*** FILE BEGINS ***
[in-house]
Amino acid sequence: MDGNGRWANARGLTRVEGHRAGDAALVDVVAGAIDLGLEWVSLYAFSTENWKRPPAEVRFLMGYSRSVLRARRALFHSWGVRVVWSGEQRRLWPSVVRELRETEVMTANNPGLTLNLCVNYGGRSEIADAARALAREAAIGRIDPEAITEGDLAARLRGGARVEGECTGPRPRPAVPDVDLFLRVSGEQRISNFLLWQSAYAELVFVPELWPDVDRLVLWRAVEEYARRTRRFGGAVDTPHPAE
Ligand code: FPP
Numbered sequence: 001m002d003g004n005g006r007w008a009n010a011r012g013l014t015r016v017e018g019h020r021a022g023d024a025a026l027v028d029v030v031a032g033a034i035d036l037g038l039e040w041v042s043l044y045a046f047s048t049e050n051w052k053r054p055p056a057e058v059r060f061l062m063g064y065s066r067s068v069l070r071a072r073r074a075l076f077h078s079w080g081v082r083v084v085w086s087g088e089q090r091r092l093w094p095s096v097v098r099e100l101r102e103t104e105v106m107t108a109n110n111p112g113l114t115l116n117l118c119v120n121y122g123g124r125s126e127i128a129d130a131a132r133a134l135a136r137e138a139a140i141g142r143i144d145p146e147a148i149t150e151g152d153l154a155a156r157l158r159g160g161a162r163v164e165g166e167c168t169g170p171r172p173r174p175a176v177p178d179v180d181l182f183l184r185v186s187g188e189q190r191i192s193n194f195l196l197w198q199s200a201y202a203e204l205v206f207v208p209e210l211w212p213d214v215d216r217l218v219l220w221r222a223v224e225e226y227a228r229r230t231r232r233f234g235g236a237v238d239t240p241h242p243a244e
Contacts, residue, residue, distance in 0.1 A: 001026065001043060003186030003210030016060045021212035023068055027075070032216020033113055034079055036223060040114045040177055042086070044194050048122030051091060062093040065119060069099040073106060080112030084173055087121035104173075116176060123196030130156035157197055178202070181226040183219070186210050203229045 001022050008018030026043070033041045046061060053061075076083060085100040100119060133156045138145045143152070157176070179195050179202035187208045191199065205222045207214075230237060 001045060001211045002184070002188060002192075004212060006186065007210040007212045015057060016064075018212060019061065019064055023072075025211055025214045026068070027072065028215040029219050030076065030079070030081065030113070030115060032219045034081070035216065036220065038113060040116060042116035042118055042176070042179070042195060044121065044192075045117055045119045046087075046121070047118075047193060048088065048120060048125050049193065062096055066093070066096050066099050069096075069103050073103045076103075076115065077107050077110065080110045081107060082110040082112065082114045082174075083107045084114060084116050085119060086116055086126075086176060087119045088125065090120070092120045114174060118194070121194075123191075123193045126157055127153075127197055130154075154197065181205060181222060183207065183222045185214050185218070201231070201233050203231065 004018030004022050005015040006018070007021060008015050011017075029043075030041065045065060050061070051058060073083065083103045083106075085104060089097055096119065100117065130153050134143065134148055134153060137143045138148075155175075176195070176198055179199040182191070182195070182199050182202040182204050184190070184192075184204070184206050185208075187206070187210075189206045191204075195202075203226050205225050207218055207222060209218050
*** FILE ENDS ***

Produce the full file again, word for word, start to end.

[in-house]
Amino acid sequence: MDGNGRWANARGLTRVEGHRAGDAALVDVVAGAIDLGLEWVSLYAFSTENWKRPPAEVRFLMGYSRSVLRARRALFHSWGVRVVWSGEQRRLWPSVVRELRETEVMTANNPGLTLNLCVNYGGRSEIADAARALAREAAIGRIDPEAITEGDLAARLRGGARVEGECTGPRPRPAVPDVDLFLRVSGEQRISNFLLWQSAYAELVFVPELWPDVDRLVLWRAVEEYARRTRRFGGAVDTPHPAE
Ligand code: FPP
Numbered sequence: 001m002d003g004n005g006r007w008a009n010a011r012g013l014t015r016v017e018g019h020r021a022g023d024a025a026l027v028d029v030v031a032g033a034i035d036l037g038l039e040w041v042s043l044y045a046f047s048t049e050n051w052k053r054p055p056a057e058v059r060f061l062m063g064y065s066r067s068v069l070r071a072r073r074a075l076f077h078s079w080g081v082r083v084v085w086s087g088e089q090r091r092l093w094p095s096v097v098r099e100l101r102e103t104e105v106m107t108a109n110n111p112g113l114t115l116n117l118c119v120n121y122g123g124r125s126e127i128a129d130a131a132r133a134l135a136r137e138a139a140i141g142r143i144d145p146e147a148i149t150e151g152d153l154a155a156r157l158r159g160g161a162r163v164e165g166e167c168t169g170p171r172p173r174p175a176v177p178d179v180d181l182f183l184r185v186s187g188e189q190r191i192s193n194f195l196l197w198q199s200a201y202a203e204l205v206f207v208p209e210l211w212p213d214v215d216r217l218v219l220w221r222a223v224e225e226y227a228r229r230t231r232r233f234g235g236a237v238d239t240p241h242p243a244e
Contacts, residue, residue, distance in 0.1 A: 001026065001043060003186030003210030016060045021212035023068055027075070032216020033113055034079055036223060040114045040177055042086070044194050048122030051091060062093040065119060069099040073106060080112030084173055087121035104173075116176060123196030130156035157197055178202070181226040183219070186210050203229045 001022050008018030026043070033041045046061060053061075076083060085100040100119060133156045138145045143152070157176070179195050179202035187208045191199065205222045207214075230237060 001045060001211045002184070002188060002192075004212060006186065007210040007212045015057060016064075018212060019061065019064055023072075025211055025214045026068070027072065028215040029219050030076065030079070030081065030113070030115060032219045034081070035216065036220065038113060040116060042116035042118055042176070042179070042195060044121065044192075045117055045119045046087075046121070047118075047193060048088065048120060048125050049193065062096055066093070066096050066099050069096075069103050073103045076103075076115065077107050077110065080110045081107060082110040082112065082114045082174075083107045084114060084116050085119060086116055086126075086176060087119045088125065090120070092120045114174060118194070121194075123191075123193045126157055127153075127197055130154075154197065181205060181222060183207065183222045185214050185218070201231070201233050203231065 004018030004022050005015040006018070007021060008015050011017075029043075030041065045065060050061070051058060073083065083103045083106075085104060089097055096119065100117065130153050134143065134148055134153060137143045138148075155175075176195070176198055179199040182191070182195070182199050182202040182204050184190070184192075184204070184206050185208075187206070187210075189206045191204075195202075203226050205225050207218055207222060209218050